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ASTA Testifies on Passport Requirements for Travelers

The American Society of Travel Agents’ (ASTA) Senior Vice President of Legal and Industry Affairs, Paul Ruden, testified before the Senate Foreign Relations Subcommittee on Western Hemisphere, Peace Corps and Narcotic Affairs on the travel industry’s position regarding the Western Hemisphere Travel Initiative (WHTI). ASTA provided input and concerns on behalf of the American Bus Association, the Interactive Travel Services Association, the International Council of Cruise Lines, the National Tour Association, the Student & Youth Travel Association and the Travel Industry Association of America.

“We first want to make absolutely clear that the retail travel industry, and our related industries, concur fully with the need for improved security at all U.S. borders and other points of entry,” Ruden testified. “At the same time, it is important that the government have regard for the effects that enhanced security measures may have on the willingness of people to travel domestically and overseas. Sustaining consumer confidence to travel freely in a post-Sept. 11 world is critical to the survival and growth of our industry, the travel suppliers whose services we sell and the national economy whose vitality depends upon a thriving travel and transportation industry.

“The goal should be a tourism policy that allows U.S. citizens to travel abroad and foreign citizens to visit our country, free of unreasonable restrictions and pre-conditions that deter law abiding people from traveling.  A careful balancing between security and tourism concerns should be a key part of that policy,” Ruden added.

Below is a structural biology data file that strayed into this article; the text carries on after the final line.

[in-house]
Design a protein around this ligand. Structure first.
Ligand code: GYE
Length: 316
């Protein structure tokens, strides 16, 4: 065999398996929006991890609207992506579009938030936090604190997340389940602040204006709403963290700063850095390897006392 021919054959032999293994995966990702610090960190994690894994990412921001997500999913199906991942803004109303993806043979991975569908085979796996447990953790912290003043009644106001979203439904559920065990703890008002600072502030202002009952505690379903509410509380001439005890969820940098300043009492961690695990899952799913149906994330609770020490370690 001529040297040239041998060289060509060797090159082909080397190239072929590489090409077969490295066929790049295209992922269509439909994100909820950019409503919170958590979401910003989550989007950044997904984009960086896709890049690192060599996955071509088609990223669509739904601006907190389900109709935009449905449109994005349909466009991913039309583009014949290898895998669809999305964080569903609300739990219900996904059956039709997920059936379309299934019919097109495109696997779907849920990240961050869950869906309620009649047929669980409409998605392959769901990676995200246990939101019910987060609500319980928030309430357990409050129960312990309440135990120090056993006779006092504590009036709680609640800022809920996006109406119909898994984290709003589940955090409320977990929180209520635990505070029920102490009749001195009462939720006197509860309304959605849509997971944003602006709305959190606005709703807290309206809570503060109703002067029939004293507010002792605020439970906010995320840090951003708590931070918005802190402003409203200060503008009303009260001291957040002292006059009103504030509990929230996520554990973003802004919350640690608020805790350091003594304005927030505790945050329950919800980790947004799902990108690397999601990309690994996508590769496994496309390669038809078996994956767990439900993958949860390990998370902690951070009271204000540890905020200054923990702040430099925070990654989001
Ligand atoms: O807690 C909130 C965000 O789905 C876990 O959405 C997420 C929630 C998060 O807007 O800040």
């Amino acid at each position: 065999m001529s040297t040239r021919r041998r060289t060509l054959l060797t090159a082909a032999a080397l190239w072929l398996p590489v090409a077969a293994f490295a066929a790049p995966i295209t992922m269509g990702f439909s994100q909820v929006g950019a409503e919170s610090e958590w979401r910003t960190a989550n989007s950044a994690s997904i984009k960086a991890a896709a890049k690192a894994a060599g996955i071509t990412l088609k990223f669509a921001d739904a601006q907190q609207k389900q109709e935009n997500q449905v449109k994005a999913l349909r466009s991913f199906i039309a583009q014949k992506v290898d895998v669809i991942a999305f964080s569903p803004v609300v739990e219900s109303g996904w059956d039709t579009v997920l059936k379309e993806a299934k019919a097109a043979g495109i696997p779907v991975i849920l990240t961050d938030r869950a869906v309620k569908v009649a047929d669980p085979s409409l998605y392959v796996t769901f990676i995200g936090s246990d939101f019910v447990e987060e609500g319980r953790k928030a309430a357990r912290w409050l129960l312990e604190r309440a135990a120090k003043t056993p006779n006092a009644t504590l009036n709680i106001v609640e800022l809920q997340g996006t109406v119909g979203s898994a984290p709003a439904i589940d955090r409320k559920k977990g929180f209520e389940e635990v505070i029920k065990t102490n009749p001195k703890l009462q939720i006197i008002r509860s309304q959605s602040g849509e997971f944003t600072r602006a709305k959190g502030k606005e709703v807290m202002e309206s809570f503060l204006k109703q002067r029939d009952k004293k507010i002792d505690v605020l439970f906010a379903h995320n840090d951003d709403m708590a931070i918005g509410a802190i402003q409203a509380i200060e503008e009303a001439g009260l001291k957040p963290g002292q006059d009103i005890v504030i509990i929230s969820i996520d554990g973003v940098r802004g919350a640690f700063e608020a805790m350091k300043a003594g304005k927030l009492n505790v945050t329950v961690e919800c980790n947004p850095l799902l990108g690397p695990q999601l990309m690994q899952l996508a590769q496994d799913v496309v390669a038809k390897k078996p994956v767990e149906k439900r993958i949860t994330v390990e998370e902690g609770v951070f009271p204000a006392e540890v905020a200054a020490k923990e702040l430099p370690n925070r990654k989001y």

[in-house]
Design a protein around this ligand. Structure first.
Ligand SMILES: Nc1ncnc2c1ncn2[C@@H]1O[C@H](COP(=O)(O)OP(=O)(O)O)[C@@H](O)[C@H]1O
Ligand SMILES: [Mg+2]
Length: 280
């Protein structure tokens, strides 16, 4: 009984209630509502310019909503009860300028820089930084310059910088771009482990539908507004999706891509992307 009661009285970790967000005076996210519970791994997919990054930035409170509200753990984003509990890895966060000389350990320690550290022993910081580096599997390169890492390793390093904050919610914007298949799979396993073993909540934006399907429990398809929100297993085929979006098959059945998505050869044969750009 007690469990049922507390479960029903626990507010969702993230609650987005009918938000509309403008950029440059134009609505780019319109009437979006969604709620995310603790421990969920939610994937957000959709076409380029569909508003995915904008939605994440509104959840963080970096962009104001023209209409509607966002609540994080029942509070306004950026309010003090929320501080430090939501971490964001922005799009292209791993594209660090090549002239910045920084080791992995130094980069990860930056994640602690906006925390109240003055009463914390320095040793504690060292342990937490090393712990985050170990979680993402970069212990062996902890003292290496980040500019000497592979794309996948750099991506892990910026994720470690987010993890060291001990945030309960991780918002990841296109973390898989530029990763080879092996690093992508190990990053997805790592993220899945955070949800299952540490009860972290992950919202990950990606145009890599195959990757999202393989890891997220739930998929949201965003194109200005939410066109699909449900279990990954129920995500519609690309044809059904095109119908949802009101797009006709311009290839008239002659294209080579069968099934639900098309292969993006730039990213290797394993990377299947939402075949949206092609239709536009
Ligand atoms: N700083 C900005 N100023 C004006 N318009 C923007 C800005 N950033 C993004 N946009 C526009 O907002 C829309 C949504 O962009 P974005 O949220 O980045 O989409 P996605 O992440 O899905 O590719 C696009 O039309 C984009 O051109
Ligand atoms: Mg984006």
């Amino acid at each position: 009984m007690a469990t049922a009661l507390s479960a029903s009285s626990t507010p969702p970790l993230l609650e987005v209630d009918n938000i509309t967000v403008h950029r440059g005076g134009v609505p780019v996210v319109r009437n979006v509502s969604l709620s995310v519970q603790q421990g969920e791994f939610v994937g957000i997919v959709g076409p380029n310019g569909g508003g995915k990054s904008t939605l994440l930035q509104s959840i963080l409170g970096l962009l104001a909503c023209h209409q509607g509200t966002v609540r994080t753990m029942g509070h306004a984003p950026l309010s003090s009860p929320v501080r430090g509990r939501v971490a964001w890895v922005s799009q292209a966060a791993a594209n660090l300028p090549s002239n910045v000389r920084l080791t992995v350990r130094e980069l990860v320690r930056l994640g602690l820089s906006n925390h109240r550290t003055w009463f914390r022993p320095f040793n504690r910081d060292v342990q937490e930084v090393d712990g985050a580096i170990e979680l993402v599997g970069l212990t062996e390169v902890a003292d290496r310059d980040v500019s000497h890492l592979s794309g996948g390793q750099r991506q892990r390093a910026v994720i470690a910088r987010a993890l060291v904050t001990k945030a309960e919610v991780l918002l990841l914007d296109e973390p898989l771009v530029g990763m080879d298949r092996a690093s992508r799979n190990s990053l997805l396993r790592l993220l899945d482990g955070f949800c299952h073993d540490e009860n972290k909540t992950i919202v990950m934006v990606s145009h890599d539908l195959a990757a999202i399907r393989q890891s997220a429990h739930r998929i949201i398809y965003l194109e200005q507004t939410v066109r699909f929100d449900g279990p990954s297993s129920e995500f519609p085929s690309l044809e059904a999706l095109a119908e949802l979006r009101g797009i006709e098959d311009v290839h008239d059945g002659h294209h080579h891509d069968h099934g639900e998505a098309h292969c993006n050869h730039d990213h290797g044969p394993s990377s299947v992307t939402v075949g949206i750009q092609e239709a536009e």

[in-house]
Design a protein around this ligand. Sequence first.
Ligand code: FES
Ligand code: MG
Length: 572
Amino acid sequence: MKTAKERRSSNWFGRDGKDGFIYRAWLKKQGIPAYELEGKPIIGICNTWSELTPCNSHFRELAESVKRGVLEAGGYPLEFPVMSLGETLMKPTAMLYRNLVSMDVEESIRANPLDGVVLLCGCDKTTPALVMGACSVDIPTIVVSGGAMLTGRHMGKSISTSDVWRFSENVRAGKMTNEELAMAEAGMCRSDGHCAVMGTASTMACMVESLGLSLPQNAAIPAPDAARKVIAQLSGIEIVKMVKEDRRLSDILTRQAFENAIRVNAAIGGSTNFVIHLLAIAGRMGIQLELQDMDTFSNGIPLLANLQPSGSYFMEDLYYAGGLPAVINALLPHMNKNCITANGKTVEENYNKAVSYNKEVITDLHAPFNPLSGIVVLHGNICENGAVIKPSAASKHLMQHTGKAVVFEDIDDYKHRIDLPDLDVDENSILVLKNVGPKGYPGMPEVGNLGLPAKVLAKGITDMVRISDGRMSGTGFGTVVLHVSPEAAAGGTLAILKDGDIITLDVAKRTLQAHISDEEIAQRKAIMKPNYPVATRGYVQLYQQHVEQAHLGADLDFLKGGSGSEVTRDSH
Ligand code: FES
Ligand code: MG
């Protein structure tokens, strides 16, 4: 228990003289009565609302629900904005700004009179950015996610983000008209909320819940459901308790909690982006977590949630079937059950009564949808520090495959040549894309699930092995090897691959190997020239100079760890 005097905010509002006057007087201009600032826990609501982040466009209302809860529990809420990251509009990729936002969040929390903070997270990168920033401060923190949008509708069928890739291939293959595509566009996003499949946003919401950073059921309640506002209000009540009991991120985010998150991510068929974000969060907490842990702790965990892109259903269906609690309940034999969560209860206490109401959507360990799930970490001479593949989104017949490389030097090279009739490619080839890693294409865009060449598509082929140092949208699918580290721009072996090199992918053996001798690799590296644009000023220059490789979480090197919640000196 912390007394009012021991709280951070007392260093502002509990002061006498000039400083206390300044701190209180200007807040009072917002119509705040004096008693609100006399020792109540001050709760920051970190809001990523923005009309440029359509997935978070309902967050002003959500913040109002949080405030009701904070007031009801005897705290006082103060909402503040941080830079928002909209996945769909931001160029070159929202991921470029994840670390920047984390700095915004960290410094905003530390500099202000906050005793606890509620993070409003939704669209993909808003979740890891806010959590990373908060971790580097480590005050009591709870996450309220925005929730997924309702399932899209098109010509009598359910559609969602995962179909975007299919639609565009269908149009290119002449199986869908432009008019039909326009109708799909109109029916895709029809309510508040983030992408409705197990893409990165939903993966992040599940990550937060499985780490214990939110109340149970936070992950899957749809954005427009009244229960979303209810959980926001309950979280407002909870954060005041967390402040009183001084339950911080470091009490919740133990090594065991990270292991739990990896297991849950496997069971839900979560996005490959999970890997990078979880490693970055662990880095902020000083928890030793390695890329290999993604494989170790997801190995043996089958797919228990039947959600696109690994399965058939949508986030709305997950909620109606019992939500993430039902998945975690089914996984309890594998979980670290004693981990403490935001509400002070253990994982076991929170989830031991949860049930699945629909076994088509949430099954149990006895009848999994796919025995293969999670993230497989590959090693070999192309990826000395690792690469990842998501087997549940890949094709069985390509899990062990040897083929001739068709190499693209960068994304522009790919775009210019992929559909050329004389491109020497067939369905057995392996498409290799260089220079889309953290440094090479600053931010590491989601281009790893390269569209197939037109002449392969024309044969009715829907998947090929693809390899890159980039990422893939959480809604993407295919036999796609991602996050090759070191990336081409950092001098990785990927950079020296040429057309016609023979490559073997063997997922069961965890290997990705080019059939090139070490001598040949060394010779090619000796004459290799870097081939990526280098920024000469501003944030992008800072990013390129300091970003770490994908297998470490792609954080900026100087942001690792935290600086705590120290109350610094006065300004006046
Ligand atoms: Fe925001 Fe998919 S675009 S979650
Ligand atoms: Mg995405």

The Western Hemisphere Travel Initiative, announced April 5 by the Departments of State (DOS) and Homeland Security (DHS), will require all citizens of the United States, Canada, Bermuda and Mexico to have a passport or other accepted secure document to enter or re-enter the United States by Jan. 1, 2008.

ASTA made five specific recommendations to DHS and DOS with respect to moving the program forward in a way that sustains rather than impairs the travel and tourism industry. Among them were to:


* Withdraw the DHS and DOS announcement regarding WHTI insofar as it provides for a Dec. 31, 2005, implementation.

* Seek development of a single new travel instrument that accomplishes the security requirements of identification and entry-exit tracking but does not provide for consular or other government services outside the United States that we have been told are the largest drivers of passport costs.

* Consider linking WHTI to the evolution of the Registered Traveler program, so that more travelers would have the option to qualify in advance and achieve rapid border processing without the need for a passport.

* Consider adoption of commercially tested and proven methods of influencing consumer behavior by providing pricing incentives for early purchases, group purchases (family applications submitted together), student and senior discounts, to name a few.

* Do not attempt to implement WHTI using passports as the core document less than one year after a final rule, whatever its content, is adopted.